Thyroid Hormones Predict Readmission After Aortic Surgery

Researchers theorized that thyroid hormone levels might provide valuable predictive information.


Thoracic endovascular aortic repair (TEVAR) is a “young technology with several unknowns,” say researchers from Shantou University Medical College, and Wuhan Asia Heart Hospital, both China. One of those unknowns is the risk factors for prognosis after TEVAR.

After all, thyroid hormones are critical to many areas of heart health, such as vascular remodeling; hypothyroidism can aggravate hypertension; and low levels of free thyroxine (FT4) influence arterial stiffness and C-reactive protein. In spite of the many links, however, the relationship between subclinical hypothyroidism and cardiovascular disease has not been fully elucidated, the researchers say. They conducted a study to evaluate whether thyroid hormones predicted early (30 days) and mid-term (12 months) aorta-related adverse events (AEs), such as death, progression of aortic disease, organ failure, or lower limb ischemia; and aorta-related readmissions.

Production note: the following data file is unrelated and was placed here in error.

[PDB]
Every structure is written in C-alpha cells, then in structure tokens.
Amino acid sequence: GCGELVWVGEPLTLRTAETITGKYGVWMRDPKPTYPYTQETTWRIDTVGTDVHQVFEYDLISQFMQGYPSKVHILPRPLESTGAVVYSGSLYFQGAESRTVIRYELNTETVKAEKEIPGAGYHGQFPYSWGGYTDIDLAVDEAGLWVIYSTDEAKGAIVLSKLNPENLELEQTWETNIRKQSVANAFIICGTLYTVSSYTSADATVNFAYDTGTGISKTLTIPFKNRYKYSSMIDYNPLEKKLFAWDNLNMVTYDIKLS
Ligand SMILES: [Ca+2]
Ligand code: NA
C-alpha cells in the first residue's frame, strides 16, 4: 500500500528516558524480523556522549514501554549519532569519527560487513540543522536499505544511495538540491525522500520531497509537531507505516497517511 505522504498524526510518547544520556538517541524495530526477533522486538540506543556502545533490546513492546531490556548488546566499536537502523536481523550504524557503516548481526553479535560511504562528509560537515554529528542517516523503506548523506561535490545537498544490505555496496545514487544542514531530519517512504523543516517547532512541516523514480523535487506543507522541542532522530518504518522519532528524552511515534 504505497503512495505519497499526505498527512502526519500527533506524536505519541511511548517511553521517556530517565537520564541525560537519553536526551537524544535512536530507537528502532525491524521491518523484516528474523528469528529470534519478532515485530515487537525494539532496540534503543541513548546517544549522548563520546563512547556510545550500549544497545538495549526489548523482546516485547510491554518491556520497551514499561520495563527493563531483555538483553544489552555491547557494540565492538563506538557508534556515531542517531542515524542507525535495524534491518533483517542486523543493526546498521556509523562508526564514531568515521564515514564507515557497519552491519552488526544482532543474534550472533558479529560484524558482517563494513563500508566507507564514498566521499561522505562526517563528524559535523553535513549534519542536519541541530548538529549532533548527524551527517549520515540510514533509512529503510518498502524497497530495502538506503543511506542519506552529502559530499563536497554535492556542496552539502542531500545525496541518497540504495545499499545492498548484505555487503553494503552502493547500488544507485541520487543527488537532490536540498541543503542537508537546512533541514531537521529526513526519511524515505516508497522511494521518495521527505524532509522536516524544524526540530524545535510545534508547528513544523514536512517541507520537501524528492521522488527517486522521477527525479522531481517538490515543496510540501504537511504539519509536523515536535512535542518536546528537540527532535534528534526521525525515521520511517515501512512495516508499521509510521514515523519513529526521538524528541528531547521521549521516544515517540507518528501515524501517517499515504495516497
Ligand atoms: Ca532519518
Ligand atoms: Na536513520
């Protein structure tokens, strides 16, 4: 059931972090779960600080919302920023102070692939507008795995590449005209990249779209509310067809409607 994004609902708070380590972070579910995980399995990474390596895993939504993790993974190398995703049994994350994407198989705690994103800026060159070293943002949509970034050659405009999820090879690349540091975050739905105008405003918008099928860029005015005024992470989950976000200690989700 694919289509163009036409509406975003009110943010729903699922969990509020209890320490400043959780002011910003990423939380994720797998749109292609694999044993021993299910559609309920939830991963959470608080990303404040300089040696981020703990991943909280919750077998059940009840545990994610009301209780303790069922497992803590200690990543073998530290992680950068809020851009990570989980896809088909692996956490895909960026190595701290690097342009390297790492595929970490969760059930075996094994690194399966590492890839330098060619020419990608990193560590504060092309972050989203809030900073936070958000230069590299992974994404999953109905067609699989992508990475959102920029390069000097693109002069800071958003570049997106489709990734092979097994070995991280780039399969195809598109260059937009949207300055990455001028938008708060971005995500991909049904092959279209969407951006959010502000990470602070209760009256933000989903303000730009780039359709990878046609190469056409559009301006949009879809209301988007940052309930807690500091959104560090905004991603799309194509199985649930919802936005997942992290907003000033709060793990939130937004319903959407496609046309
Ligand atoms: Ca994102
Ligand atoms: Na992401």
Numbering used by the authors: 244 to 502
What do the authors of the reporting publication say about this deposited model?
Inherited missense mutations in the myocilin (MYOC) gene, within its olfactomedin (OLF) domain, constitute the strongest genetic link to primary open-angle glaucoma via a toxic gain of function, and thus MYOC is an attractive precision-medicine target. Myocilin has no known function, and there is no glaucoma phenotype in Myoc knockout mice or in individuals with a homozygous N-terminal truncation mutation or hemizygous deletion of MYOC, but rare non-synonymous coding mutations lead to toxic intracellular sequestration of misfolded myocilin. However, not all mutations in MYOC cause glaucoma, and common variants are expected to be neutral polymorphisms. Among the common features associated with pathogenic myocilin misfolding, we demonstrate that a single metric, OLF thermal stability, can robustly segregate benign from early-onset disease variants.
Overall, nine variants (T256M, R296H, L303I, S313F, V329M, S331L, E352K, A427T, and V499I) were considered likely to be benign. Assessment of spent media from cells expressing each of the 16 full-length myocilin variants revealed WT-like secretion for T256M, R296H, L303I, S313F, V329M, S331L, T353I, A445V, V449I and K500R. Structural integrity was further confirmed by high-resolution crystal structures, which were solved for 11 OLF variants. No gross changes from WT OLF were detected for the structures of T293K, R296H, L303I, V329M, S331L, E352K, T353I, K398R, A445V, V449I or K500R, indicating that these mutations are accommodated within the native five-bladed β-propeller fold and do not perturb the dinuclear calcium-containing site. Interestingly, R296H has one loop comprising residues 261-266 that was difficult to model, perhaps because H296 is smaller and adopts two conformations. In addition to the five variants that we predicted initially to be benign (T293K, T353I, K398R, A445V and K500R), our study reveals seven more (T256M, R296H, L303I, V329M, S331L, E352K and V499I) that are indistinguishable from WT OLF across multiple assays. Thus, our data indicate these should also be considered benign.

In their study, 338 patients were stratified according to their levels of FT4 before undergoing TEVAR. Of the enrolled patients, 288 were followed up at 12 months for readmission; 292 were followed up on AEs.

Patients with low normal levels of FT4 had a greater risk of readmission after thoracic endovascular aortic repair. Within 30 days, the incidence of AEs and readmission were 2.7% and 4.1%; within 12 months, 8.9% and 13.5%. After the researchers adjusted for confounders, the patients with the lowest FT4 quartile were at significantly greater risk for readmission than those in the highest-quartile group, at both early and mid-term follow-up.

The same did not hold true for AEs. The researchers say this is not uncommon in studies of predictors of AEs and readmission: Factors that are weak predictors of readmission tend to be strong predictors of AEs, and vice versa.

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